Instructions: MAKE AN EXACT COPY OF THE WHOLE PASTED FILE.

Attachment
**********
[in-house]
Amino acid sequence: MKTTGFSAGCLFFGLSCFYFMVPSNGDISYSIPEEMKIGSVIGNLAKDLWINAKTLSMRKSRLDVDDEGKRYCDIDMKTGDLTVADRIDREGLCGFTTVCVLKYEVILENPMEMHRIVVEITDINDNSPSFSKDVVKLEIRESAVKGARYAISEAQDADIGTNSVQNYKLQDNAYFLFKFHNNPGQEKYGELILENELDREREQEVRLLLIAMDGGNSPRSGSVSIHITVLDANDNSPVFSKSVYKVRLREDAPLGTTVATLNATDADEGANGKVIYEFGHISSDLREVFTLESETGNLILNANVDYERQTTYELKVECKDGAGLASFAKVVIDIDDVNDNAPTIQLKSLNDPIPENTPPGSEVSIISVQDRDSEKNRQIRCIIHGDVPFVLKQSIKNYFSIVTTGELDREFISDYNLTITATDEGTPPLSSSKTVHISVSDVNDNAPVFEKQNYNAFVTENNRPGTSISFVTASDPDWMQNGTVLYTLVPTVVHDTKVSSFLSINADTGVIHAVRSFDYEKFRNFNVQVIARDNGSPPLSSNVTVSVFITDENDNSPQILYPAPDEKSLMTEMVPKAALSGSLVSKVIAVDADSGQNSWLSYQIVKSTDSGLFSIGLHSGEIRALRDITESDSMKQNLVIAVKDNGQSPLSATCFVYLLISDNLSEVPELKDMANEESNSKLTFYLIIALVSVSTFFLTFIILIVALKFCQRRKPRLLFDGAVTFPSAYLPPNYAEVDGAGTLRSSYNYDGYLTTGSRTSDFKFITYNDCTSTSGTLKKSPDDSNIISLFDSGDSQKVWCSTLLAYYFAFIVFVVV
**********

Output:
[in-house]
Amino acid sequence: MKTTGFSAGCLFFGLSCFYFMVPSNGDISYSIPEEMKIGSVIGNLAKDLWINAKTLSMRKSRLDVDDEGKRYCDIDMKTGDLTVADRIDREGLCGFTTVCVLKYEVILENPMEMHRIVVEITDINDNSPSFSKDVVKLEIRESAVKGARYAISEAQDADIGTNSVQNYKLQDNAYFLFKFHNNPGQEKYGELILENELDREREQEVRLLLIAMDGGNSPRSGSVSIHITVLDANDNSPVFSKSVYKVRLREDAPLGTTVATLNATDADEGANGKVIYEFGHISSDLREVFTLESETGNLILNANVDYERQTTYELKVECKDGAGLASFAKVVIDIDDVNDNAPTIQLKSLNDPIPENTPPGSEVSIISVQDRDSEKNRQIRCIIHGDVPFVLKQSIKNYFSIVTTGELDREFISDYNLTITATDEGTPPLSSSKTVHISVSDVNDNAPVFEKQNYNAFVTENNRPGTSISFVTASDPDWMQNGTVLYTLVPTVVHDTKVSSFLSINADTGVIHAVRSFDYEKFRNFNVQVIARDNGSPPLSSNVTVSVFITDENDNSPQILYPAPDEKSLMTEMVPKAALSGSLVSKVIAVDADSGQNSWLSYQIVKSTDSGLFSIGLHSGEIRALRDITESDSMKQNLVIAVKDNGQSPLSATCFVYLLISDNLSEVPELKDMANEESNSKLTFYLIIALVSVSTFFLTFIILIVALKFCQRRKPRLLFDGAVTFPSAYLPPNYAEVDGAGTLRSSYNYDGYLTTGSRTSDFKFITYNDCTSTSGTLKKSPDDSNIISLFDSGDSQKVWCSTLLAYYFAFIVFVVV